We started with the goal of practicing essential skills of the winter mountaineer: walking with crampons, and self-arrest. Although the slope conditions in the prior week would have been ideal, a recent dump of snow worked against our plan.
–submitted by Matthew Lettington, originally published on explorington.com
Mountains are changeable. From a technical perspective, a route may be an easy ascent in the winter season, and a heinous, bush-filled scramble in the summer. Or, of course, it’s possible that winter adds more treachery to a route that’s a simple scramble in the summer. It’s probably because of this duality that first ascents and first winter ascents are documented as different feats.
I’ll count Big Den Mountain among those peaks that become more complicated when the snow melts. In the winter, Big Den Mountain was an aesthetic, though steep, winter ascent with some adventure between beautiful, mature trees. But in the summer, the approach became a complicated bushy route with at least one unexpected scramble.
Total Distance: 7.2 km
Starting Elevation: 789 m
Maximum Elevation: 1419 m
Total Elevation Gain: 724 m
Total Time: 4 hours, 43 minutes and 34 seconds
~ submitted by Mary Hof
January 13, 2019
16 hikers, 2 were members of the Ramblers and 2 were interested in us. The rest were Cowichan hikers, and with the beautiful weather and the route I choose, many wanted to join in. The hike was only 10k but had many view spots and was a wonderful day to be out. Thanks to all who joined.
~submitted by Shannon Tagseth
January 11, 2019
We watched the weather all week with mostly changing conditions and fingers crossed that our hike would return to an overcast day. Unfortunately the forecast was correct and we started our hike at 7:45am at Raven Lodge in the rain. Although we all donned our headlamps, the sky had lightened just enough to not need them.
After a few adjustments to our equipment, we set off through the trails. Although each of us had hiked in the area before, none of us had led a trip to this objective and therefore we relied upon our navigation device and gpx track to steer us in the right direction. For approximately the first half of our trip towards our summit, we were thankful to utilize the snowshoe trails. However, since the onset of the warm weather, we found we were still sinking significantly most of our steps. We crossed the popular bridge, high above the base of the bridge, and wound our way through the trails, across several groomed cross country ski tracks.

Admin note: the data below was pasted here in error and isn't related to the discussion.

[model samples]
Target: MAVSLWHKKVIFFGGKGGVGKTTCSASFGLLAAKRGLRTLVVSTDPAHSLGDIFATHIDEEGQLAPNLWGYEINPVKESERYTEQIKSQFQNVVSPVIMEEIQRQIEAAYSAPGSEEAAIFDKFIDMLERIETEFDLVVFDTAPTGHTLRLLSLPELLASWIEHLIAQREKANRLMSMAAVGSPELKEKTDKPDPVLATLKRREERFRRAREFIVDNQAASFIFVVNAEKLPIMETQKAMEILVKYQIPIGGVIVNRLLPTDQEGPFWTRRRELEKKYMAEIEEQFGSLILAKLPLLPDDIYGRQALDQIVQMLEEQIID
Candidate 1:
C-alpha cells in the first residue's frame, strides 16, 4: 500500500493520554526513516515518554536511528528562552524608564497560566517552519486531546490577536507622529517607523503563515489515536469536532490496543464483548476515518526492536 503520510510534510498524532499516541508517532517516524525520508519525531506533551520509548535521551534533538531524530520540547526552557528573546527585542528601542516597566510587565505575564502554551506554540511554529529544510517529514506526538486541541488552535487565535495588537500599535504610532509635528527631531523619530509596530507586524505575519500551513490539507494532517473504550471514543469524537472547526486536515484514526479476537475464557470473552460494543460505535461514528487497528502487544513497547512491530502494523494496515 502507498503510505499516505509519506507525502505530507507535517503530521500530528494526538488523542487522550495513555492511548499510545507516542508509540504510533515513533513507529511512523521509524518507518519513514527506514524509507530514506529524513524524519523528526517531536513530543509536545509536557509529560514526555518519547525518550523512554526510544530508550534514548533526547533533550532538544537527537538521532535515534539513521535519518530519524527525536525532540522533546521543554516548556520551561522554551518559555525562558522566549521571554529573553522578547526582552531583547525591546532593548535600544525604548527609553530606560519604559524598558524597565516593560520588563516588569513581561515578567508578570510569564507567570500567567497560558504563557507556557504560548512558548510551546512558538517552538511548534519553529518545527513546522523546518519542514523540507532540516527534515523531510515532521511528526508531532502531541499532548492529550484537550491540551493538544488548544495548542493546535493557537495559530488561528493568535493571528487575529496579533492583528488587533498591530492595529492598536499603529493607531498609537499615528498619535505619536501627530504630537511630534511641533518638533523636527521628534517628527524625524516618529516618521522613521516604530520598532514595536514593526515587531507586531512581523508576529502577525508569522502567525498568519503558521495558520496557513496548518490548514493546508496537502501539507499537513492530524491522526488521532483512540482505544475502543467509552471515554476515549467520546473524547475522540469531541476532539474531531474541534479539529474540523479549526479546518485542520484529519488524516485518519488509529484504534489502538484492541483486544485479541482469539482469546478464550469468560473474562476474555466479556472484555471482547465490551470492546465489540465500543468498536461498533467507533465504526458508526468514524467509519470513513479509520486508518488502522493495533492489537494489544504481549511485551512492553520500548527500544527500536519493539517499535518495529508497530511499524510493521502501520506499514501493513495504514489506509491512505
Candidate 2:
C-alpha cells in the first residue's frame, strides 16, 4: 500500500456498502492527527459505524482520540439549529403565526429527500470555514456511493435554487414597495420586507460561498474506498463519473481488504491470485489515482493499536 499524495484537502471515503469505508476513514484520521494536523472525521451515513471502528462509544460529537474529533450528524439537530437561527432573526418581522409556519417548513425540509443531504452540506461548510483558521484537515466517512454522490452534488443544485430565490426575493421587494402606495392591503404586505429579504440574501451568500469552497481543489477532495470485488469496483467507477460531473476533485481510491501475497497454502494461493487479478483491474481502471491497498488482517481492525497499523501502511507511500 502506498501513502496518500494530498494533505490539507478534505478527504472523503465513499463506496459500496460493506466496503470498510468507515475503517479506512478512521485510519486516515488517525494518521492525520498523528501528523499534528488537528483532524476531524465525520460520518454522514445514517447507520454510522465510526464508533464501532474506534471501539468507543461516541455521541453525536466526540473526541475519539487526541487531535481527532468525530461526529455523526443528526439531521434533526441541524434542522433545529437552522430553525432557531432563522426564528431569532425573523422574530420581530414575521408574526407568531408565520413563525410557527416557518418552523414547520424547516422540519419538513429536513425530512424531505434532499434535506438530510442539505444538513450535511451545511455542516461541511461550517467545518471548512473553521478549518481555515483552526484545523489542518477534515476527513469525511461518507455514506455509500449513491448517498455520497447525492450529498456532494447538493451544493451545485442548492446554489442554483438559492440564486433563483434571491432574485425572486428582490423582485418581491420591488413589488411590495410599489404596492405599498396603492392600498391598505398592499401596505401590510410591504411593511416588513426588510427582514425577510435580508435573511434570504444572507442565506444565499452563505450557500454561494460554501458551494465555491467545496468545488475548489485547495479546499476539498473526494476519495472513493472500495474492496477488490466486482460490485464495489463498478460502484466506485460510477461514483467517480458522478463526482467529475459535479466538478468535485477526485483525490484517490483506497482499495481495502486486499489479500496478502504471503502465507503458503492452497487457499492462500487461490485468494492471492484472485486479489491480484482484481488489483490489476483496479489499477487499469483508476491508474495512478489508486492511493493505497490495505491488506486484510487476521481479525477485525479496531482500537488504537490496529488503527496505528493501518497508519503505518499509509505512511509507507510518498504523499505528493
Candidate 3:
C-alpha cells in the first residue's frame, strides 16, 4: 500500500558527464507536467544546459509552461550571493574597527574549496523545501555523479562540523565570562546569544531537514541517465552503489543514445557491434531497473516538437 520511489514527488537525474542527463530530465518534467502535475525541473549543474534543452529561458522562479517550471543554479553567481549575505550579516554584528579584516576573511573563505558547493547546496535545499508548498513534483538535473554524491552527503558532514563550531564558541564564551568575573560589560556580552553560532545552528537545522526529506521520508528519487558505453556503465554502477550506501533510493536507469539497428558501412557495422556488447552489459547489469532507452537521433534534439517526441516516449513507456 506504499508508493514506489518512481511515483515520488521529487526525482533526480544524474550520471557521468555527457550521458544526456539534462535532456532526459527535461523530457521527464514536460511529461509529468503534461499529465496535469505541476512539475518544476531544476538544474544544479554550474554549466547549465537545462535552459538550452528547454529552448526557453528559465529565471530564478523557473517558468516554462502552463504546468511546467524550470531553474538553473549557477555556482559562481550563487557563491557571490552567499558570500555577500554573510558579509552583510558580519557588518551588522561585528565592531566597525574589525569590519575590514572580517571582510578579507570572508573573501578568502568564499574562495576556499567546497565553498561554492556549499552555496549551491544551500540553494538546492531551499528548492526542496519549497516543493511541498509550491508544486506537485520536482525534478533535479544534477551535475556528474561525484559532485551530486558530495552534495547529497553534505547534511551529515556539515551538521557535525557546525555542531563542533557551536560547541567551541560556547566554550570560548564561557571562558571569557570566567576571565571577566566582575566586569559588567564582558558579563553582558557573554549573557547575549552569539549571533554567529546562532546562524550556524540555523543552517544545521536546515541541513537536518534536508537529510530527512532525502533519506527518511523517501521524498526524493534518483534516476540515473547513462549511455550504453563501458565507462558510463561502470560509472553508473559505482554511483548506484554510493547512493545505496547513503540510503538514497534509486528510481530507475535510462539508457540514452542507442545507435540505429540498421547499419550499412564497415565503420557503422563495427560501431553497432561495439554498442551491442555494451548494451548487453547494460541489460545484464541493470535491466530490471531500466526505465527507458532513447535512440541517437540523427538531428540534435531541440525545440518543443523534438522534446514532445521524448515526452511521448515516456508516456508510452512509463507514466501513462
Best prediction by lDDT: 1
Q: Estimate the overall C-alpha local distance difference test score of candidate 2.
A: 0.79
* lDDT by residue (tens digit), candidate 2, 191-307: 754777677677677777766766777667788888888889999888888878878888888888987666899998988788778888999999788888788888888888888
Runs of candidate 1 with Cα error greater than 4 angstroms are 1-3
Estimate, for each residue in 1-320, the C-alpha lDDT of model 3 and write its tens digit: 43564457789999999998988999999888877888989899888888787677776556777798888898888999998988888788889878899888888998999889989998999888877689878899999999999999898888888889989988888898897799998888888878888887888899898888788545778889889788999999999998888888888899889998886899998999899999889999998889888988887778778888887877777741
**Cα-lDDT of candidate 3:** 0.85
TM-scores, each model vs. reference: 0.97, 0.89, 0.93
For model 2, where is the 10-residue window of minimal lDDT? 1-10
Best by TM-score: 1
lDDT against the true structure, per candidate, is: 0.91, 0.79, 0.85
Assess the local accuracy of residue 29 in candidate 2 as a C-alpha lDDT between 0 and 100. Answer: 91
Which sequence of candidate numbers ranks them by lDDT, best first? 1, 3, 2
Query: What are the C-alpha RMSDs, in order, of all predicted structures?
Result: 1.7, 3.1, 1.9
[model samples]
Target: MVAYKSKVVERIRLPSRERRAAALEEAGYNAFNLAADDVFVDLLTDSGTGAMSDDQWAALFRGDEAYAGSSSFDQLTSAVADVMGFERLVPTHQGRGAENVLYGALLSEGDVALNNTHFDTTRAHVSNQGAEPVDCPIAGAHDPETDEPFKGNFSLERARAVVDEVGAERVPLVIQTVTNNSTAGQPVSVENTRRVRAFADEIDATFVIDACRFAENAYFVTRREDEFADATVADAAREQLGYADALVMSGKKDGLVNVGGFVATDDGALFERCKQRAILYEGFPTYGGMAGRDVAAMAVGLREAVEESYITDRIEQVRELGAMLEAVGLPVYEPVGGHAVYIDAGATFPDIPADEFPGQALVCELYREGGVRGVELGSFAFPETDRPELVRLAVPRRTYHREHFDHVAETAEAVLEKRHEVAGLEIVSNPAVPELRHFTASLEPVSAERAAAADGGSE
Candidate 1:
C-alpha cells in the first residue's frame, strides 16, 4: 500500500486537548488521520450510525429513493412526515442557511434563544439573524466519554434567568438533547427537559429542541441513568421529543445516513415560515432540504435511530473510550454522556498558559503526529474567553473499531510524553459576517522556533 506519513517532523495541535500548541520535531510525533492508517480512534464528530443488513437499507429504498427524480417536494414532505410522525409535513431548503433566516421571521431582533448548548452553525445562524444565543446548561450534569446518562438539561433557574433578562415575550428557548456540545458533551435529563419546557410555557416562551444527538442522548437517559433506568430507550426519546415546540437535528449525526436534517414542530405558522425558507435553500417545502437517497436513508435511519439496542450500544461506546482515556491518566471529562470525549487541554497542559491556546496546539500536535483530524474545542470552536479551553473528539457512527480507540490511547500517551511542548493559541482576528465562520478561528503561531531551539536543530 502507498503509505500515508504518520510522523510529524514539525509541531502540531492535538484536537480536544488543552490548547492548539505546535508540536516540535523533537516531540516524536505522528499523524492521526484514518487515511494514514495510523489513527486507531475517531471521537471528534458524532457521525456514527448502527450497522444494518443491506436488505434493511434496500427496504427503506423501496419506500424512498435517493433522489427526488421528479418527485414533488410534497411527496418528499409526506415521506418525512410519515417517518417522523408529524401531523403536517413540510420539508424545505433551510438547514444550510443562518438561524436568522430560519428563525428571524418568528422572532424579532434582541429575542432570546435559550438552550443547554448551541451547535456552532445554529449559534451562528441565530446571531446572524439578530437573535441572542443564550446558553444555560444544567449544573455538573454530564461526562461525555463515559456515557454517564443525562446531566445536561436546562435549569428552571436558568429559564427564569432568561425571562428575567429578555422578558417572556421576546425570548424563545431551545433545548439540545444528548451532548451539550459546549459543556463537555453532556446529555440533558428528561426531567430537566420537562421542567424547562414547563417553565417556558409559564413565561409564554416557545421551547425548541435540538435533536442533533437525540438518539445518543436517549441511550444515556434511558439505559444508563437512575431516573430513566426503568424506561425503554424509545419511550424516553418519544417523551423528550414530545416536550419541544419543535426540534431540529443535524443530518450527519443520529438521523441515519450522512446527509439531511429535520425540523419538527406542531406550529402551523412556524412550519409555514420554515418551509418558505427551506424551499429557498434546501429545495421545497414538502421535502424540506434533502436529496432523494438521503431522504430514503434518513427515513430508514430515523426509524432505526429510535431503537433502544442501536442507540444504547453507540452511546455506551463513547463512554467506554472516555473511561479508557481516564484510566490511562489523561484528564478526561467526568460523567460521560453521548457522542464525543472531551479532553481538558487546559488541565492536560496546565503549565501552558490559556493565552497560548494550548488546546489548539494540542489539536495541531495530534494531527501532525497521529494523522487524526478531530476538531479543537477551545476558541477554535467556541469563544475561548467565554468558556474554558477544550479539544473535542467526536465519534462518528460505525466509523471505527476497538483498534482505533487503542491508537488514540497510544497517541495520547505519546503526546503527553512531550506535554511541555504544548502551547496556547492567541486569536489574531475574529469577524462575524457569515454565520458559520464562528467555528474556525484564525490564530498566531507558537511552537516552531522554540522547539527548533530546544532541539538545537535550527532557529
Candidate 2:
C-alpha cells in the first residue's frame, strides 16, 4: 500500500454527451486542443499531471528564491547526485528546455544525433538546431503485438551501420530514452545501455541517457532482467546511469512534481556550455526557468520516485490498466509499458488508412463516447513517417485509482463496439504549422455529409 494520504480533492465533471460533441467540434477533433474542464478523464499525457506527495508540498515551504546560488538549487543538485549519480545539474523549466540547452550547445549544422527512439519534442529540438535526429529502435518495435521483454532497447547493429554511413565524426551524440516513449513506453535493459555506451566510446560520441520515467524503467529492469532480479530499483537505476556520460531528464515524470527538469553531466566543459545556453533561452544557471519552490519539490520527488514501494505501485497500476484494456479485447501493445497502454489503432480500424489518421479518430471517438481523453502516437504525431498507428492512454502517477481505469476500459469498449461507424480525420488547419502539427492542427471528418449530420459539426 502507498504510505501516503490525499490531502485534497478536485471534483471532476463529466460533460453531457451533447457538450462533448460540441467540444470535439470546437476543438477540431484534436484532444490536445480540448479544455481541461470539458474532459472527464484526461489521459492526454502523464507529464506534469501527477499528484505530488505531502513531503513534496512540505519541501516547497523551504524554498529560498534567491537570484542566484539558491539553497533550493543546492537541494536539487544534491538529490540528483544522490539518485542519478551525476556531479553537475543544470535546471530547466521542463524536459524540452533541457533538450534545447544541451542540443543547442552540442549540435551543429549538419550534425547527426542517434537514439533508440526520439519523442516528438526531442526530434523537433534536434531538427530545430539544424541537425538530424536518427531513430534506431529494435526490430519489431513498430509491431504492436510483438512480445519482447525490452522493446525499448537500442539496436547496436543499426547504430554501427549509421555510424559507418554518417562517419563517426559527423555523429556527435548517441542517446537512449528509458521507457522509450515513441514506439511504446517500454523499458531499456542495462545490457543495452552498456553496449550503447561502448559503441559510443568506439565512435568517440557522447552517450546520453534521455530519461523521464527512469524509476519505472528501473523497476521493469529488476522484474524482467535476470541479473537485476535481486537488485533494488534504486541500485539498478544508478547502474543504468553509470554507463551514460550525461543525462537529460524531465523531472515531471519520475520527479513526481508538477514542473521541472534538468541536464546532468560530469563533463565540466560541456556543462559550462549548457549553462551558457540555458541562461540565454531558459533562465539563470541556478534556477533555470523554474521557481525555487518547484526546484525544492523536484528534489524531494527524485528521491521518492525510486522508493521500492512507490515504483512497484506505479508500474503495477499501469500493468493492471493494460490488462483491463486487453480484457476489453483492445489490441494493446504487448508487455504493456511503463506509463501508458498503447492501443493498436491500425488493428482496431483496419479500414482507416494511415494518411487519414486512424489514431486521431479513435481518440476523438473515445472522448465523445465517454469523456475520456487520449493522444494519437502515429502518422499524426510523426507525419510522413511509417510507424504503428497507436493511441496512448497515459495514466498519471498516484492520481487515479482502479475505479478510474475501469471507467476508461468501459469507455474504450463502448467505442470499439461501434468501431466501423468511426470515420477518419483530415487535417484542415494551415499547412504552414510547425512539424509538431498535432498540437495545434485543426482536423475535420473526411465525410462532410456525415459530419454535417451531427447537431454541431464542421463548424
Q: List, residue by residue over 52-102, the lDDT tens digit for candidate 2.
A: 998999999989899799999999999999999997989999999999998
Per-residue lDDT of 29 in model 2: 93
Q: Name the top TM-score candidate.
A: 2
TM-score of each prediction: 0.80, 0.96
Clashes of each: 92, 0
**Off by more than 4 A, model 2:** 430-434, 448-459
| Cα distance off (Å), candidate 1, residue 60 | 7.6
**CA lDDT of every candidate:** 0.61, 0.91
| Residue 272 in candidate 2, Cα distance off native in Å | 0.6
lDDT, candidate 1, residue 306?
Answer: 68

~submitted by Ken Warren
January 1, 2019
Twelve eager hikers set out earlyish new year’s morning to enjoy what’s become an annual hike and remembrance of Mike Hordelski.
The weather was ok with mixed cloud and sun with no wind. The evidence of our recent wind storm was most visible around Witchcraft Lake, and several trees have fallen since the big blow, so the ground is still saturated and caution needed. Most of us put on our traction aids around the third way mark and the trail was easily followed. We met no-one going up and the views at the lookouts were quite good. There was a lot of snow on the final third, but the trail was packed and the going was easy.
We had the summit to ourselves for 10 minutes before the rest of Nanaimo started to catch up. Conditions on top were good with some changing views. The coastal mountains were quite spectacular. The descent was uneventful and somewhat slowed by the number of people we met. We heard some very animated conversation below us at one point and a hiker explained that it was group of Brazilians in their first encounter with snow. We intended to pass by the 1942 plane crash site but windfallen trees have all but covered the wreckage.
It was a grand day and Mike would have enjoyed it. Thanks to all for the pleasure of your company.
~submitted by John Young
January 1, 2019
We started at 8 a.m. with an unattractive approach on the logging spur
~submitted by Mary Hof
December 30, 2018
Six of us met at Providence Farm for a short car shuttle for our hike across the Tzouhalem ridge. Started with winter jackets but soon we were just down to shirts. The views were beautiful, not many trees down, and the company great. Three were members and three were from my hiking club from Cowichan. A wonderful day to be out.
The results of the member survey are in. We sent the invitation to 126 members and seventy-two responded. Thank you to those folks that participated, the feedback you provided gives the club valuable information that we can use to improve the club. The numbers noted in the report below are based on the responses provided in the survey. The numbers reflect the facts/opinions of members who complete the survey, and there is sure to be a degree of correlation between their opinions and those that didn’t complete the survey; of course, there are always outliers and this report does not reflect their opinions.
~ submitted by Mary Hof
November 4, 2018
What a beautiful Sunday for a hike. We did a short car shuttle from Providence Farm Store to our start on Khnippson Rd. I included Island Mountain Ramblers, Outdoor Club of Victoria, and the Cowichan Hikers.
–submitted by Matthew Lettington; originally published on explorington.com
Back in early November, before we had even a light frost back home, I joined my core group of mountaineering buddies –with a few notable absences– on a trip to Stevens Peak. We planned to summit the mountain by following the east ridge from a spur of the Canton Creek mainline. Our research promised a straightforward approach, and the forecast predicted a splendid day with clear skies and sunshine. None of this held to be true.
Total Distance: 11.7 km
Starting Elevation: 659 m
Maximum Elevation: 1504 m
Total Elevation Gain: 1339 m
Total Time: 8 hours